The Punjab and Haryana High Court on Wednesday sought response from the Chandigarh administration and the Union territory’s municipal corporation on a petition alleging fraud in the mayoral elections held on Tuesday, Live Law reported.

In the mayoral elections on Tuesday, Bharatiya Janata Party candidate Manoj Sonkar, with 16 votes, defeated Kuldeep Tita, a joint candidate fielded by the Aam Aadmi Party and the Congress. Tita bagged 12 votes.

However, this was after eight votes from the Opposition alliance were declared invalid, which triggered protests by supporters of the Aam Aadmi Party and the Congress against the presiding officer Anil Masih.

While the BJP has 14 councillors in the 35-member civic body, the Aam Aadmi Party has 13 and the Congress has seven. The Shiromani Akali Dal has one councillor.

Additionally, the Chandigarh Lok Sabha MP is an ex-officio member with voting rights. The current MP is BJP’s Kirron Kher.

A ballot can be invalidated for several reasons, including if any identifying marks on it reveal the voter’s identity and compromise the anonymity of the vote.

Aam Aadmi Party chief Arvind Kejriwal on Tuesday accused the BJP of winning the election by “cheating in broad daylight”.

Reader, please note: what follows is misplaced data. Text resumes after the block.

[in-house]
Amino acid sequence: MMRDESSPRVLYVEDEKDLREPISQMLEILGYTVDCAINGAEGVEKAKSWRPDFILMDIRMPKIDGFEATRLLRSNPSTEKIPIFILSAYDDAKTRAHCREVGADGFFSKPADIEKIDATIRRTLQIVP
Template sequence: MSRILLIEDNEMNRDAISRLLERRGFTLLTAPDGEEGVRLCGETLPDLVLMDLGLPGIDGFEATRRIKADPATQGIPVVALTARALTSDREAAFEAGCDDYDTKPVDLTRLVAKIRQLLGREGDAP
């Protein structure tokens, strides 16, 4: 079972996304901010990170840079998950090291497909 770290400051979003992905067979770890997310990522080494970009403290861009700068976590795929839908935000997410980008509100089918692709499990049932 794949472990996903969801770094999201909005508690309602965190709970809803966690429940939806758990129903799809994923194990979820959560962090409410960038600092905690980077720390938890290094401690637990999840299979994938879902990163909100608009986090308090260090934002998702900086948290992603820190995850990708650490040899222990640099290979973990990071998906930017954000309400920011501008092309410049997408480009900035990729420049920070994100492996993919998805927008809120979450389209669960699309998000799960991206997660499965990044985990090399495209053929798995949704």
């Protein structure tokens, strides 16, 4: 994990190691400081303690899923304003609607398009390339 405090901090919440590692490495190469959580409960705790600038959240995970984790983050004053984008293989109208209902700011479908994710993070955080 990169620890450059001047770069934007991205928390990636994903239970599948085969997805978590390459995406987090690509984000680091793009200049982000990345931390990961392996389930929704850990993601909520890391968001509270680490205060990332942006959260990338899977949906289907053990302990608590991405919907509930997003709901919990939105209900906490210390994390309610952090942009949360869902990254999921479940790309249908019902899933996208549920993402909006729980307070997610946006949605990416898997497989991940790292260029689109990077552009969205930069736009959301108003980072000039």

On Wednesday, the High Court declined Aam Aadmi Party Councillor Kuldeep Kumar’s plea to stay the election result and dissolve the functioning of the mayor’s office. “Whether counting was proper, whether procedure was followed or not…These are all questions of facts,” the court said.

The petitioner had sought the outcome of the election to be set aside as it “is a result of complete fraud and forgery laid upon the democratic process”, and asked for the court’s directions for fresh elections.

The petitioner also alleged that the presiding officer “in [the] most flimsy manner” had said he did not want assistance from the members nominated by the political parties during the counting of votes. Kumar alleged that the officer shuffled votes from one basket to another to create confusion and compromise the election process.

“The gentleman appointed [presiding officer] has tampered with ballot papers live on camera,” Gurminder Singh, the senior advocate appearing for Kumar, submitted. “The man himself marks on the ballot paper and rejects [it] for the reason that it was marked...Eight votes were manipulated and marked by him...We have shared the video recorded by [the] Chandigarh administration…”

A division bench granted the Chandigarh administration and municipal corporation three weeks to respond to the notice.

The mayoral election, which was first scheduled for January 18, was postponed due to the “ill health” of the presiding officer. The Punjab and Haryana High Court had on January 24 ordered the Chandigarh administration to hold the mayoral elections on January 30.

Also read: Why the Chandigarh mayor polls escalated into a national controversy